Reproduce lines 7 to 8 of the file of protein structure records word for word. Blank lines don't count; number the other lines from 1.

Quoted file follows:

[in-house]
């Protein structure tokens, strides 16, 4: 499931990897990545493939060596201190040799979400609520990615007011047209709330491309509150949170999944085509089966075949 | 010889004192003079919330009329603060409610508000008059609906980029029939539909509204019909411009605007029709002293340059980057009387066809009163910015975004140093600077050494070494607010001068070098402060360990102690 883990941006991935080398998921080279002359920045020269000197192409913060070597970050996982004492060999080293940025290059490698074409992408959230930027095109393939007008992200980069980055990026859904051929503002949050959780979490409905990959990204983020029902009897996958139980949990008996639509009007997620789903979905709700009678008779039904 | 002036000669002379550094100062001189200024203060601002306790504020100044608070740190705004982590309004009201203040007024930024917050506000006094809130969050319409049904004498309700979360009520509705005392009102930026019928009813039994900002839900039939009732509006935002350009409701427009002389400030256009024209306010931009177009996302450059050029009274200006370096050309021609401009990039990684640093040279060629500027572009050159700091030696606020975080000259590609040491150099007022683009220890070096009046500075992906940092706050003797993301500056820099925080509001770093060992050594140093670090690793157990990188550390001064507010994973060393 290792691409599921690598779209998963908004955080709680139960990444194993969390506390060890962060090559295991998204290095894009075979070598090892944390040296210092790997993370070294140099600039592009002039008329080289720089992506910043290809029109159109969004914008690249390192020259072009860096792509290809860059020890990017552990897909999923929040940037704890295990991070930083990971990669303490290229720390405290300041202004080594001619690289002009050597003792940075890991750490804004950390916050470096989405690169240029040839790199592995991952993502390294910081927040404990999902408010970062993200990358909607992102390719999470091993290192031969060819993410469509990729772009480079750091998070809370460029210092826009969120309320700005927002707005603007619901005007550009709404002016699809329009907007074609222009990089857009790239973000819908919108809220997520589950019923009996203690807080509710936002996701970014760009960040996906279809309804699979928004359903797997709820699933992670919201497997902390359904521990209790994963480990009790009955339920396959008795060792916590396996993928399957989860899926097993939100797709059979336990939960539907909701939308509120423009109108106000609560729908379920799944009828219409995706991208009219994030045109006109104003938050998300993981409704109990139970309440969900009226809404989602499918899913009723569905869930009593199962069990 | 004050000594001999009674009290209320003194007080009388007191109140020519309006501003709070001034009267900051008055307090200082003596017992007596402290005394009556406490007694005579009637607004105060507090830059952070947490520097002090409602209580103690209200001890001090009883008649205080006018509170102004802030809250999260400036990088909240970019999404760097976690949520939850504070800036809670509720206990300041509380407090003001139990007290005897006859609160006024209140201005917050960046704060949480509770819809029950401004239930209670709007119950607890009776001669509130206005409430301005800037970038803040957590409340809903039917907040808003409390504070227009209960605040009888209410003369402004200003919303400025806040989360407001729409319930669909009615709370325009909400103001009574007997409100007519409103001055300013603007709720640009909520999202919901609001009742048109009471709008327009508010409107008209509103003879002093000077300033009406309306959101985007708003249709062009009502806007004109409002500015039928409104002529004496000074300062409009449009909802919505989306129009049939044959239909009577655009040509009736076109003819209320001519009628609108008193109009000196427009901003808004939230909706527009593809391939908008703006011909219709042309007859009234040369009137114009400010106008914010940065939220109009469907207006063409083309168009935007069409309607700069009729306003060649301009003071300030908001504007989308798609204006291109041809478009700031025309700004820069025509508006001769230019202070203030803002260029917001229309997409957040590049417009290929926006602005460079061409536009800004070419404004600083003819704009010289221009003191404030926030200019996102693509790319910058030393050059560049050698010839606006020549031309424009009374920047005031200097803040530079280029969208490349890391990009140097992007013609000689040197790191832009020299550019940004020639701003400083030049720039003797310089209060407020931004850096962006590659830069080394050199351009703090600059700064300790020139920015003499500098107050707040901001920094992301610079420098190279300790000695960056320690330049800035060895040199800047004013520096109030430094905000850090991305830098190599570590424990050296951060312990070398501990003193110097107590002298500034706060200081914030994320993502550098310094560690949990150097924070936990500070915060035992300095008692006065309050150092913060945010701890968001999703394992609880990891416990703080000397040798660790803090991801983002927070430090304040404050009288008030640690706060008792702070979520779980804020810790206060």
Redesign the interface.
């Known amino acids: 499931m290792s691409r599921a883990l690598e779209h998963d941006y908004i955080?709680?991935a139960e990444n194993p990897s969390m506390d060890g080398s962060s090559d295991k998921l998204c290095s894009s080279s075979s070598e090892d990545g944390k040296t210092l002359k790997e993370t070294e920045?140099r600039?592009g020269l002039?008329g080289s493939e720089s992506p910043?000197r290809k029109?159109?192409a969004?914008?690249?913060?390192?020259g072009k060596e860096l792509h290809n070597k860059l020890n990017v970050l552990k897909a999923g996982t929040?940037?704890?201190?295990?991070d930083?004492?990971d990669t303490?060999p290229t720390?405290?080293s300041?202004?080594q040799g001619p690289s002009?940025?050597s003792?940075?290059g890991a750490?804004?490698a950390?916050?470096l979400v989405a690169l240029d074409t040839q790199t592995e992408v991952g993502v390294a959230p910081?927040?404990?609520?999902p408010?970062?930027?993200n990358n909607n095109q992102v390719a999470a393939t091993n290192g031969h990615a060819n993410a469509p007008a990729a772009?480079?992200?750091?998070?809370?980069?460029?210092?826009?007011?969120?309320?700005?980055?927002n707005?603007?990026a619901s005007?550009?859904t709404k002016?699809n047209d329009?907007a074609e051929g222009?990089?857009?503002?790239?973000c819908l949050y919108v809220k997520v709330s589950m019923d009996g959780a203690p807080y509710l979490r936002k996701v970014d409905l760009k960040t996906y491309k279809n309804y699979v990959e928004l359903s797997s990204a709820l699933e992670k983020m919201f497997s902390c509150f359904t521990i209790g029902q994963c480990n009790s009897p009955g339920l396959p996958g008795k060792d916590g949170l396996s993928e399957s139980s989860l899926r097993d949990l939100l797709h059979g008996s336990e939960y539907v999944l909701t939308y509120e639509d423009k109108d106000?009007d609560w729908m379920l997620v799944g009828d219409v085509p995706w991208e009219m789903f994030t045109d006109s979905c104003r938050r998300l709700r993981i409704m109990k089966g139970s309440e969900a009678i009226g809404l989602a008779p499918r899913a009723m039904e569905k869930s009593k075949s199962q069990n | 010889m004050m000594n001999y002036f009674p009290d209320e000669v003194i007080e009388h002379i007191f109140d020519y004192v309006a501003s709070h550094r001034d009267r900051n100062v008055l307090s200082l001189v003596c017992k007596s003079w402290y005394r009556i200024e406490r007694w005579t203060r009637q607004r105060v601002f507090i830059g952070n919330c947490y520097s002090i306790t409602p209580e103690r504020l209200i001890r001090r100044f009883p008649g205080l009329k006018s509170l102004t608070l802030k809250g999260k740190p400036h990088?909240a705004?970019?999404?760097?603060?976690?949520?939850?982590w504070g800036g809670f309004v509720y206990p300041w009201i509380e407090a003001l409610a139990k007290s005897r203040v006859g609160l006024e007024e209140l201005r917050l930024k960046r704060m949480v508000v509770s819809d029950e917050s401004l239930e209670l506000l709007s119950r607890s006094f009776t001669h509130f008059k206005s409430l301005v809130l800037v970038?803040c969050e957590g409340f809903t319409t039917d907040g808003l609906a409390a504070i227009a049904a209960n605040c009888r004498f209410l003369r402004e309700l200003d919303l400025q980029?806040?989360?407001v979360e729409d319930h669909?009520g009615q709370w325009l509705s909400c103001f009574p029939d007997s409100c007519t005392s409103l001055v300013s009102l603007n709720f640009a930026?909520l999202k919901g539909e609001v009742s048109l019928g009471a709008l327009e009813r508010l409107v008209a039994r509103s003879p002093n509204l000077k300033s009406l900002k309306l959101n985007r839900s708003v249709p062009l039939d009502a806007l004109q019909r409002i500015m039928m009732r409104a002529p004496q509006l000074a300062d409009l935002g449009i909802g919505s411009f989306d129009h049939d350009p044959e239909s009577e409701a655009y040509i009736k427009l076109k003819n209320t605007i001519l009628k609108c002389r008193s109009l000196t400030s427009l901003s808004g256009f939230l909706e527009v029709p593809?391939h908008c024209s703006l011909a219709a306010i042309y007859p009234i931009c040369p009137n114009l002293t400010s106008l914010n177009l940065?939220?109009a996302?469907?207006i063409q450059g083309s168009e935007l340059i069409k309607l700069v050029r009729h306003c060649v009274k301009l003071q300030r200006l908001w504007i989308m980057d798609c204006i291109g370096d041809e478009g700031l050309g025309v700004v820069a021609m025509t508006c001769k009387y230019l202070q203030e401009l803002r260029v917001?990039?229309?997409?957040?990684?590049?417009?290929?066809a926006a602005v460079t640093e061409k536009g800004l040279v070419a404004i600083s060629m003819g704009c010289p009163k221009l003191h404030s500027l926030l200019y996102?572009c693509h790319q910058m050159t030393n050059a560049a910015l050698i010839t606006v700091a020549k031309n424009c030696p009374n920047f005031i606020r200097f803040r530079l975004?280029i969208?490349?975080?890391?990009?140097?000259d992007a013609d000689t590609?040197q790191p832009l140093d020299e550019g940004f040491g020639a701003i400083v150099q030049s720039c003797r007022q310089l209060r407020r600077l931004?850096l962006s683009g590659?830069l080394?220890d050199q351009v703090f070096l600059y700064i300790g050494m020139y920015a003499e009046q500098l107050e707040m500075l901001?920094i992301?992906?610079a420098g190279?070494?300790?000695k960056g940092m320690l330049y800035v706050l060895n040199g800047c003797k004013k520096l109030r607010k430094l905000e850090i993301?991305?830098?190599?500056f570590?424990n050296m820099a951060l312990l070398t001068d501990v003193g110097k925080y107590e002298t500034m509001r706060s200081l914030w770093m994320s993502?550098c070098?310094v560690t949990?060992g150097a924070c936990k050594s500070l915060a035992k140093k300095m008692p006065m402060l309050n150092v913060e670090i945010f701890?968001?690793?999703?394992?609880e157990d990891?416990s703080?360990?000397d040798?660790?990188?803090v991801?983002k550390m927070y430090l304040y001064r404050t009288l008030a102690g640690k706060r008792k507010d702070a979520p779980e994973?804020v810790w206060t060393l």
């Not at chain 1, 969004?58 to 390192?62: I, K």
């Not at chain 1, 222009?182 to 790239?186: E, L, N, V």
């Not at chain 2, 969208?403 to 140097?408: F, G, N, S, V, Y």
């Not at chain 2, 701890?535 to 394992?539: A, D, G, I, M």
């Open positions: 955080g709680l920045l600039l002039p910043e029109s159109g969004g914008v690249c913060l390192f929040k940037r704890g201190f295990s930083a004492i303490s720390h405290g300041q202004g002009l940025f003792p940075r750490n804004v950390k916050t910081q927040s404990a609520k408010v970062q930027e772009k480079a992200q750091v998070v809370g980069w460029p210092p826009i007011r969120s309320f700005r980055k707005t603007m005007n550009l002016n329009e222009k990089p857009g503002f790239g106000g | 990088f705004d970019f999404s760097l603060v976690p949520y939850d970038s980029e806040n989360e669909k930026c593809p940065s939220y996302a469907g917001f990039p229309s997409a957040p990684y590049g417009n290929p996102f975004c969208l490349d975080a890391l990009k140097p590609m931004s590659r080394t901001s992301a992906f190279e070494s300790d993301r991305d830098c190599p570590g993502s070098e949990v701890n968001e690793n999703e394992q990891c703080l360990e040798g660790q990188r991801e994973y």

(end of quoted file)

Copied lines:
């Not at chain 2, 969208?403 to 140097?408: F, G, N, S, V, Y």
């Not at chain 2, 701890?535 to 394992?539: A, D, G, I, M």